My research: The thesis explores the relatively new addition of shear wave elastography to the imaging market, with particular reference to it’s use in the imaging of the Achilles tendon. Shear wave elastography assesses the mechanical properties of soft tissues and can provide a measure of stiffness within tendons that has previously been difficult to obtain.
The experimental studies within the thesis help demonstrate the reliability of the technique and establish best practice. Further studies establish the influence of varying external factors on a measurement obtained with shear wave elastography, including foot position, time of day and whether a previous acute bout of exercise will affect a measurement.
After establishing a protocol, the thesis applies the technique to the commonly encountered clinical setting of Achilles tendinopathy. The final study is a longitudinal rehabilitation study assessing how shear wave elastography fits alongside other traditional clinical outcome measures. It traces a cohort of patients presenting with Achilles tendinopathy through a rehabilitation programme of eccentric exercises. Regular measures are made throughout the programme and include follow up measures up to 6 months after the programme.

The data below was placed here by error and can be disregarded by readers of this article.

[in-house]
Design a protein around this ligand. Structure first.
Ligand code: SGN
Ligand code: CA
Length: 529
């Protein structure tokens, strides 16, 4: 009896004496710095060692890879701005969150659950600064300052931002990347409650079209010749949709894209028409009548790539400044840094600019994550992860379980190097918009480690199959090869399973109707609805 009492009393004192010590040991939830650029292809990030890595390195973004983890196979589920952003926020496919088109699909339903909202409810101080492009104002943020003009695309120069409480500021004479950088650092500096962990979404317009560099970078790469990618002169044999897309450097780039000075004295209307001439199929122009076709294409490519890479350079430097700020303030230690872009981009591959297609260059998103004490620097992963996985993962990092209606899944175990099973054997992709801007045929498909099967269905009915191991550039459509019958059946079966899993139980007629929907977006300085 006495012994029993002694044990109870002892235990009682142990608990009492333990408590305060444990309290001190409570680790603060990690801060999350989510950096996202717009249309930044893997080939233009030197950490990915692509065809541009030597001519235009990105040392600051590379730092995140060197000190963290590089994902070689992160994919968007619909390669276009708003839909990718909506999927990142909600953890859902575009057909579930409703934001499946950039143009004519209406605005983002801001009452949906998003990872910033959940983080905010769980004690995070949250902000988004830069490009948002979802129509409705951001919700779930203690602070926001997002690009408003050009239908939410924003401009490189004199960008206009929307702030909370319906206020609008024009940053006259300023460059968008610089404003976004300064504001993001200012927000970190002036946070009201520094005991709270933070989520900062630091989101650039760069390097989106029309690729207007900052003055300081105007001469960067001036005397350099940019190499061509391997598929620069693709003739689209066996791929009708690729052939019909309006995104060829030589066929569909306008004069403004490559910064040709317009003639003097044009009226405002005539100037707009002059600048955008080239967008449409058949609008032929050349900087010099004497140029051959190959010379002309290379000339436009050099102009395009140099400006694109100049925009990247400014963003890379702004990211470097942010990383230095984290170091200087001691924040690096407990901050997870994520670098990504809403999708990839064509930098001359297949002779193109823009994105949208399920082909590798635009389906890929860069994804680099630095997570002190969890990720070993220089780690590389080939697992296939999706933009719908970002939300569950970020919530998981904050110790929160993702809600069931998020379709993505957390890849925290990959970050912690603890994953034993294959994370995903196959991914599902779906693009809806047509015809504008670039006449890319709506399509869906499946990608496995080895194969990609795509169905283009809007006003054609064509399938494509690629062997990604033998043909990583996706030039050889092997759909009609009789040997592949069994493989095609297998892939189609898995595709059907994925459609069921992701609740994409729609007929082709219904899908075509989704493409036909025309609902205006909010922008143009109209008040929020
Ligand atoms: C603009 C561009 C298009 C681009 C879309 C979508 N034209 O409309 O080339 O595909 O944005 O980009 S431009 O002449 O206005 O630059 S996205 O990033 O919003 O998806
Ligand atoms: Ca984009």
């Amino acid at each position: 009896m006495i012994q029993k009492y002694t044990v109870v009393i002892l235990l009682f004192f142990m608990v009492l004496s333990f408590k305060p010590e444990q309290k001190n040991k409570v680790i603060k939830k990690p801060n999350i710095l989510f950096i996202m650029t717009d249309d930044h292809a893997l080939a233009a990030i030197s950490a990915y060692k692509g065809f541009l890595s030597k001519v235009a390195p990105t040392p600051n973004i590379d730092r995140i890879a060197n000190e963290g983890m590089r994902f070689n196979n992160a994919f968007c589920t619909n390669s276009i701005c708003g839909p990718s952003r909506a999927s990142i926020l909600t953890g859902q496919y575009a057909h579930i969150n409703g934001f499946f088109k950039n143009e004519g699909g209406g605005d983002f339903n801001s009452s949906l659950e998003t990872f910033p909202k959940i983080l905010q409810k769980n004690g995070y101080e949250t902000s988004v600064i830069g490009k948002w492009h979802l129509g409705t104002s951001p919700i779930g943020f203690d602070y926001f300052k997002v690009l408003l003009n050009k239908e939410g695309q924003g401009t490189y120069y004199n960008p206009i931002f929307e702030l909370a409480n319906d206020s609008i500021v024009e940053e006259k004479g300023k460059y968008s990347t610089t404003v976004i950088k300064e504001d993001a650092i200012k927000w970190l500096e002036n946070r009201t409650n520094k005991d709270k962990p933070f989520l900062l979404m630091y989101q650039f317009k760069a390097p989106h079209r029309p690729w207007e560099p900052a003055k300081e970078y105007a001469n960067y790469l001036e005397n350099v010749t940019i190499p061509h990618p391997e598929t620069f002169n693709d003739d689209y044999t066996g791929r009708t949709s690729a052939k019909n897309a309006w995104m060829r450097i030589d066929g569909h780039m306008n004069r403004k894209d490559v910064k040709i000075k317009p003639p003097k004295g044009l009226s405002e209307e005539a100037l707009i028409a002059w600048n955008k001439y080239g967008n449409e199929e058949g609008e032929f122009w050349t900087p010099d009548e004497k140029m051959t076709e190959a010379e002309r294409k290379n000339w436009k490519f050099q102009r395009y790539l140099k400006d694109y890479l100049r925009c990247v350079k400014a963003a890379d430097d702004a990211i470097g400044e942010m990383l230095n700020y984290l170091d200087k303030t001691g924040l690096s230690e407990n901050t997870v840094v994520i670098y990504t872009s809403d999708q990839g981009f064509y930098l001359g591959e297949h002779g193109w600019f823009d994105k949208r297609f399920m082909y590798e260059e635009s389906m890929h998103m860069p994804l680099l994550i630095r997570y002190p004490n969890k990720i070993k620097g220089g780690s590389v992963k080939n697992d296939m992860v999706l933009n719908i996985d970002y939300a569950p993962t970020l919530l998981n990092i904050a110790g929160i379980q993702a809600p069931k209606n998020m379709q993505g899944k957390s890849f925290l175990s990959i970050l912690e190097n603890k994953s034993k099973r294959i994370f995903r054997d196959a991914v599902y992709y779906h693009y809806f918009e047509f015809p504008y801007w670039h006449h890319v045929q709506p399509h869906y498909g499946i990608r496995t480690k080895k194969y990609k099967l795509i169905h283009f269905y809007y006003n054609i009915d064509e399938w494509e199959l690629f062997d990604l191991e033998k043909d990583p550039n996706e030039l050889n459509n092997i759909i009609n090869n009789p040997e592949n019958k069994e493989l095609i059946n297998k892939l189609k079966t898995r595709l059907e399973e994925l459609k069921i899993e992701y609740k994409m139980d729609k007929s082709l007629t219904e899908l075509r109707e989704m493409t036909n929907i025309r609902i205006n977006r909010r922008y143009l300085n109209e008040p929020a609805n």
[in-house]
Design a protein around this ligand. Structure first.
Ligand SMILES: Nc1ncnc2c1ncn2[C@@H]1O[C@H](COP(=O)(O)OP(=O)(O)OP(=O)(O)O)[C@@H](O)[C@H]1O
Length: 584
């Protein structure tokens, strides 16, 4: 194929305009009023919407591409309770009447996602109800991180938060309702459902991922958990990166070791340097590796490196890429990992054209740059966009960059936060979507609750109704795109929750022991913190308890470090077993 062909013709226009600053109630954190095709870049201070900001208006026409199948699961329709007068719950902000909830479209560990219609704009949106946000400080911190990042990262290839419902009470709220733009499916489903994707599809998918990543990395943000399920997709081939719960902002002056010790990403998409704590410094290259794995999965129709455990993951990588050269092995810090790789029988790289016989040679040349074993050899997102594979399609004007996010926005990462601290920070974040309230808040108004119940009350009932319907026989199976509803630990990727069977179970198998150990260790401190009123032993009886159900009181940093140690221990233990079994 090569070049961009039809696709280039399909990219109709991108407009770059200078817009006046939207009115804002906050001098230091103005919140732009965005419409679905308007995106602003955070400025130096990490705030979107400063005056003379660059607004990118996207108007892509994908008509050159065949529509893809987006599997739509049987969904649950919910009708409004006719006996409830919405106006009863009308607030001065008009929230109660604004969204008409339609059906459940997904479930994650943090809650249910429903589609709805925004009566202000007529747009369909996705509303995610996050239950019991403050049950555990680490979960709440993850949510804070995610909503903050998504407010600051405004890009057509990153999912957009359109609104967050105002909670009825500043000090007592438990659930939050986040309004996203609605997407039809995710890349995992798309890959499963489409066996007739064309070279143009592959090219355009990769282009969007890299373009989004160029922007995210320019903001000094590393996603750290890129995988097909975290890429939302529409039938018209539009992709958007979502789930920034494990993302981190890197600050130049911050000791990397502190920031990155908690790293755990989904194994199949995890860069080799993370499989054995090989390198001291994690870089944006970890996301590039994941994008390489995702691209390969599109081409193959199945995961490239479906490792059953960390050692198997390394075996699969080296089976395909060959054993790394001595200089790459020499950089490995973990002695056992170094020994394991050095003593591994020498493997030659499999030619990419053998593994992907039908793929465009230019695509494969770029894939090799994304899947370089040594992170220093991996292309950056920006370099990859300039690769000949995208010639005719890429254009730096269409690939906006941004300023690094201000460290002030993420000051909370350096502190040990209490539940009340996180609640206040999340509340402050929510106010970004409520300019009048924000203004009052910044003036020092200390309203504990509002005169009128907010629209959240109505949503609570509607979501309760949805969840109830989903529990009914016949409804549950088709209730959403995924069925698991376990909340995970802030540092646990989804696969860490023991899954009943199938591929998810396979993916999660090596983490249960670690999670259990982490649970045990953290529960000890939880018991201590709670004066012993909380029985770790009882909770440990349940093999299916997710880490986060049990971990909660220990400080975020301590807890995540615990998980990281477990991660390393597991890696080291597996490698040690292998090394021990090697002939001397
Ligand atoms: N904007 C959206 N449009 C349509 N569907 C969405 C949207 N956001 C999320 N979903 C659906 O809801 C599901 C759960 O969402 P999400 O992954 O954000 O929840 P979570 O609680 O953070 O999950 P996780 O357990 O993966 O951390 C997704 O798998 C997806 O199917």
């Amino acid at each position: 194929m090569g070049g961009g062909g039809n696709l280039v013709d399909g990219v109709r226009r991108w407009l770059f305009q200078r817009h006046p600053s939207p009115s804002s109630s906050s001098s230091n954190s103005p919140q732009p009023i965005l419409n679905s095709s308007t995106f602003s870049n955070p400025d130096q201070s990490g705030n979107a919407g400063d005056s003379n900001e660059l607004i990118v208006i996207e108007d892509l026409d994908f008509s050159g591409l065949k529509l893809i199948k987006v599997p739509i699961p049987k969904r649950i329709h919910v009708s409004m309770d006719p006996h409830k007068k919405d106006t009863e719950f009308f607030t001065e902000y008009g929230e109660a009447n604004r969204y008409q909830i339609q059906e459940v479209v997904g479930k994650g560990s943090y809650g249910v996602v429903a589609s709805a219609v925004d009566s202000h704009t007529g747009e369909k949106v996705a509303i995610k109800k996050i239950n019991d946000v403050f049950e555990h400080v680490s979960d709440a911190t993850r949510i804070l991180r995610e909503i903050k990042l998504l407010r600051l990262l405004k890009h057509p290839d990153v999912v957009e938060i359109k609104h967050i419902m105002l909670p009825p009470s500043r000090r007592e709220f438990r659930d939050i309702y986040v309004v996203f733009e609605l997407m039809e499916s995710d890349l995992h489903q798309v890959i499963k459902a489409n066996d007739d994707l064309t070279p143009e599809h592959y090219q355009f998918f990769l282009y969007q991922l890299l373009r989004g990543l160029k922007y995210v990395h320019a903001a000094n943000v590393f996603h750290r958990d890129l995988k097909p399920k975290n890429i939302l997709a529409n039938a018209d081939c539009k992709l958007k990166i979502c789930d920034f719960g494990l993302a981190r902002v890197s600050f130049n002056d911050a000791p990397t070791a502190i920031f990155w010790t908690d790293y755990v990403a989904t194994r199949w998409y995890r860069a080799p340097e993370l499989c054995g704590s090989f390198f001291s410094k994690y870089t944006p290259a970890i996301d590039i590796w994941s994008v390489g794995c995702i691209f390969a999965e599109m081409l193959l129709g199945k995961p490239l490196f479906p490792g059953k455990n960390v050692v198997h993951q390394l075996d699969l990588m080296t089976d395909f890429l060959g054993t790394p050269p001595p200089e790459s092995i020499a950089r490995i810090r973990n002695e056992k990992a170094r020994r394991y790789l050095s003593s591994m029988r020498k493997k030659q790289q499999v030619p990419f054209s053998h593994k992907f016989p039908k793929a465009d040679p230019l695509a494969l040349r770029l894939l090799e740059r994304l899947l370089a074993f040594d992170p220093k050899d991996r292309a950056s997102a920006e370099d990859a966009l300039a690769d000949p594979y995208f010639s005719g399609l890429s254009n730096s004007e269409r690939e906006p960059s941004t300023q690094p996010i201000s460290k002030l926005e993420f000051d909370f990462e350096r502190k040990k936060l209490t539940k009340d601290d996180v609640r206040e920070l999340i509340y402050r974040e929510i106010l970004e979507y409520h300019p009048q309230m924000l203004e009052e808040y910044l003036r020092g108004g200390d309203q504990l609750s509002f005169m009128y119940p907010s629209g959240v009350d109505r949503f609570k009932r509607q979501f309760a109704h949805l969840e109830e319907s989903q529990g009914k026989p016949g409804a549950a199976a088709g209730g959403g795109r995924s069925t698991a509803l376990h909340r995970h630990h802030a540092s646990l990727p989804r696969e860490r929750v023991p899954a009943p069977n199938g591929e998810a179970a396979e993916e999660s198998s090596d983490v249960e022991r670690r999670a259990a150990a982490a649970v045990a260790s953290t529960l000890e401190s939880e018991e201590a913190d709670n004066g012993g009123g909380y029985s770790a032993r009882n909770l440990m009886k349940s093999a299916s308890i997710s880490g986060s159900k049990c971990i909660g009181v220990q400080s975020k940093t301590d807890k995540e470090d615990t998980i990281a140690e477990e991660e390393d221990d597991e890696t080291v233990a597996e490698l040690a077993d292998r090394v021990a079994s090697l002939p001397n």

The thesis adds support for the addition of shear wave elastography into the imaging routine used by clinicians. It can offer a quick, easy and non-invasive way to image the stiffness and therefore health and quality of an in vivo tendon and could improve our current knowledge of tendons and tendinopathy as well as potentially allowing for earlier diagnosis and/or more thorough assessment of rehabilitation.
Funder: University of Brighton